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Effects Of Hypoxanthine–Xanthine Oxidase On Ca 2+ Stores And Protein Synthesis In Human Endothelial Cells

D. Dreher, L. Jornot, A. F. Junod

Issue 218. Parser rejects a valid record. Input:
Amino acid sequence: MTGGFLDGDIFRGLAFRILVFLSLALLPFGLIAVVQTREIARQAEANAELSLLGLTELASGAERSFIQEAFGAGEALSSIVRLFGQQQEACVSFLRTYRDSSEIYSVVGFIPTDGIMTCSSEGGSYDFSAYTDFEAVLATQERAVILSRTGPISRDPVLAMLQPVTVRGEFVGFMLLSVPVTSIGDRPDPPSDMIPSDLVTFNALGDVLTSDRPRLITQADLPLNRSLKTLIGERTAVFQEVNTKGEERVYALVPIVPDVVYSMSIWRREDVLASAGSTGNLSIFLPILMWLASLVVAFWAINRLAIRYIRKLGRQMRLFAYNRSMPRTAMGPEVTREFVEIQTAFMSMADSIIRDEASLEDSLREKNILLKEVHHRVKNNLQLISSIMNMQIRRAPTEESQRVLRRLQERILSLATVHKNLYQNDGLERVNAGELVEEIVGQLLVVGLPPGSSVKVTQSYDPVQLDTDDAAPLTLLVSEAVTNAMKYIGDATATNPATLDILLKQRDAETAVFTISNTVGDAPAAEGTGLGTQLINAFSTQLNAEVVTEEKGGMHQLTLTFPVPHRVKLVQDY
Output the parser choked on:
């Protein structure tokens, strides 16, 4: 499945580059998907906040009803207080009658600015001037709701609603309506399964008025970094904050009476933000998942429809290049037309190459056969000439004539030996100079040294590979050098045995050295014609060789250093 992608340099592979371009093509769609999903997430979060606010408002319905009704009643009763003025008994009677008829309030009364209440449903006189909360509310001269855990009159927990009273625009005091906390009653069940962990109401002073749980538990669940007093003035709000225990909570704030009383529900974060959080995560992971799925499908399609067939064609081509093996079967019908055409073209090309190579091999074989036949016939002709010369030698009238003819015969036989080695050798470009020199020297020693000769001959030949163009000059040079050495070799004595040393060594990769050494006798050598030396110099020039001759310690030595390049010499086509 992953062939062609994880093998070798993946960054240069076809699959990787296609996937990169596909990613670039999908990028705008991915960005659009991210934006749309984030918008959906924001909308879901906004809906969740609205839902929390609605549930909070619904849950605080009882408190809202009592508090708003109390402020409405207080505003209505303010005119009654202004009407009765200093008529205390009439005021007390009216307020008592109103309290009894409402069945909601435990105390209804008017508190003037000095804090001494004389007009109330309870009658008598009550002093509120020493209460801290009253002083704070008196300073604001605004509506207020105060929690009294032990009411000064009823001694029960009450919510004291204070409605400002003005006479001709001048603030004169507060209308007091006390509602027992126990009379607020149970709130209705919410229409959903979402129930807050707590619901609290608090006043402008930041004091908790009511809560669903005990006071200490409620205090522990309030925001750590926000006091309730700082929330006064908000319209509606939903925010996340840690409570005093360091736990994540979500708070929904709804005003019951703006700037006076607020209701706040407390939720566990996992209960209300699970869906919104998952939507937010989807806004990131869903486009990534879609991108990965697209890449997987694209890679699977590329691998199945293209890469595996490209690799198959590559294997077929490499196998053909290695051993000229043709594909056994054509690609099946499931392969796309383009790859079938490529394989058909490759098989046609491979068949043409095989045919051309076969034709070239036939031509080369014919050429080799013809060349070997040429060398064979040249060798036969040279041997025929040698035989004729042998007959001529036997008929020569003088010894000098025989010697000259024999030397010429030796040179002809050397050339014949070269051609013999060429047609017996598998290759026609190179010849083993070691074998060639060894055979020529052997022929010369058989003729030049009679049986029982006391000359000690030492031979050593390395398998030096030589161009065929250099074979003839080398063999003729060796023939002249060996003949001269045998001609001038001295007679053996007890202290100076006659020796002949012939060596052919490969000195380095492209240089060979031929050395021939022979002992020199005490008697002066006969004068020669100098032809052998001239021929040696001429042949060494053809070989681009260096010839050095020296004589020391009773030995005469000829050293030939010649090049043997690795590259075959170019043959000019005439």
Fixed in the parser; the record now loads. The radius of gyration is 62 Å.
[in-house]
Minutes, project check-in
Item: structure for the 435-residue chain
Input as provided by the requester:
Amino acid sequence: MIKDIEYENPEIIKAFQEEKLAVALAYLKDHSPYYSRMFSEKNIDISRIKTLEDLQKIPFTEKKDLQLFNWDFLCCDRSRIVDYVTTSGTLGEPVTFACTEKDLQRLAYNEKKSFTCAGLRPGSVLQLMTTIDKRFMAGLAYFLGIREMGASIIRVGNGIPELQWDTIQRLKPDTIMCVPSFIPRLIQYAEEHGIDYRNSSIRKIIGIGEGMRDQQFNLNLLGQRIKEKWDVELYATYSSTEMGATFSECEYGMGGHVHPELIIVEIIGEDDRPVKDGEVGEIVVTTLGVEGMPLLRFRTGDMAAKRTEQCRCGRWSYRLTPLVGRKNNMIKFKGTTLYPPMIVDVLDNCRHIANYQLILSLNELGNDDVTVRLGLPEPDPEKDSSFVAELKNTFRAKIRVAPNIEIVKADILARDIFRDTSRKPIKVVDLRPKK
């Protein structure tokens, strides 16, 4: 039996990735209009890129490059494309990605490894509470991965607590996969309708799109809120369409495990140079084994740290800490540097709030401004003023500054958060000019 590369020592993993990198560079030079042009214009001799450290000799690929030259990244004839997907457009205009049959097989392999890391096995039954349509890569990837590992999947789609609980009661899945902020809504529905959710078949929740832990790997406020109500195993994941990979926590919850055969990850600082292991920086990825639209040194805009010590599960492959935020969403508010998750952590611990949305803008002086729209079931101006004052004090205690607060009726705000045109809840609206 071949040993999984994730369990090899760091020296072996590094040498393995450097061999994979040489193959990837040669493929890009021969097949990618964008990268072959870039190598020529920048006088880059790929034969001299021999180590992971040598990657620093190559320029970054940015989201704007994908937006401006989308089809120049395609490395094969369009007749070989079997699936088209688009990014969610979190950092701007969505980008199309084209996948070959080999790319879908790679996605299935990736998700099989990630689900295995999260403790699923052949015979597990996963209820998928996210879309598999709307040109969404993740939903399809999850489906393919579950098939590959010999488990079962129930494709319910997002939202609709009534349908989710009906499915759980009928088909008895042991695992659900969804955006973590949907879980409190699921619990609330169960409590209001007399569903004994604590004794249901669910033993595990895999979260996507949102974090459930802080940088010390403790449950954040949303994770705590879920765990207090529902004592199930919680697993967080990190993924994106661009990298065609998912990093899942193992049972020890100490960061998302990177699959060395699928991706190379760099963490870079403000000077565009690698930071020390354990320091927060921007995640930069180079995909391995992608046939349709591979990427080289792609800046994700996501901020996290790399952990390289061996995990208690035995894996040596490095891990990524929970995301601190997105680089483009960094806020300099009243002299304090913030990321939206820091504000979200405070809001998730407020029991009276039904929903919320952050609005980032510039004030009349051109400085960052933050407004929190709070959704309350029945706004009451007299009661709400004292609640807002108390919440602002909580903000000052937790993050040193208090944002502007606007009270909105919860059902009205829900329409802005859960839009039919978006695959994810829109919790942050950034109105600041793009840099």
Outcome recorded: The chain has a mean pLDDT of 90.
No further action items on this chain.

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Abstract We have investigated the effects of reactive O 2 metabolites generated by the hypoxanthine–xanthine oxidase (HX-XO) system on intracellular Ca 2+ and its relation with protein synthesis in human umbilical vein endothelial cells (HUVECs). Spectrofluorometry with fura 2 showed that the oxidative stress induced a rapid transient rise in cytosolic [Ca 2+ ], followed by a sustained elevation above the baseline value. In the presence of La 3+ , which blocks Ca 2+ influx from the extracellular medium, a transient [Ca 2+ ] increase was still observed, but the sustained rise was suppressed. The HX-XO–related [Ca 2+ ] changes were completely prevented by pretreatment with thapsigargin, which depletes intracellular Ca 2+ stores. Hence, the effects of HX-XO on Ca 2+ homeostasis were due to mobilization of Ca 2+ from the intracellular stores with subsequent influx of extracellular Ca 2+ . HX-XO mobilized more of sequestered Ca 2+ than did thrombin, a receptor agonist that depletes only a part of the intracellular Ca 2+ stores (the hormone-sensitive stores). To determine the relevance of the HX-XO–related depletion of Ca 2+ stores for cell function, we investigated the role of Ca 2+ mobilization in the regulation of protein synthesis. Overall protein synthesis in HUVECs was markedly reduced by thapsigargin, which depletes both hormone-sensitive and -insensitive stores, but was not substantially affected by thrombin. Manipulation of the refilling of the Ca 2+ stores via the availability of extracellular Ca 2+ significantly influenced the thapsigargin-related and the HX-XO–related inhibition of overall protein synthesis. A corresponding effect of extracellular [Ca 2+ ] was seen in polyribosome distribution profiles, which reflected an inhibition of translation initiation in both treatments. Thus, depletion of Ca 2+ stores appeared to be involved in the inhibition of protein synthesis at the initiation level by both thapsigargin and HX-XO. These results indicate that (1) the cytosolic [Ca 2+ ] changes induced by HX-XO result from mobilization of Ca 2+ from intracellular stores and subsequent influx of extracellular Ca 2+ , (2) the HX-XO–related mobilization of sequestered Ca 2+ includes hormone-insensitive pools, and (3) the depletion of hormone-insensitive Ca 2+ stores appears to be in part responsible for the inhibition of protein synthesis by HX-XO.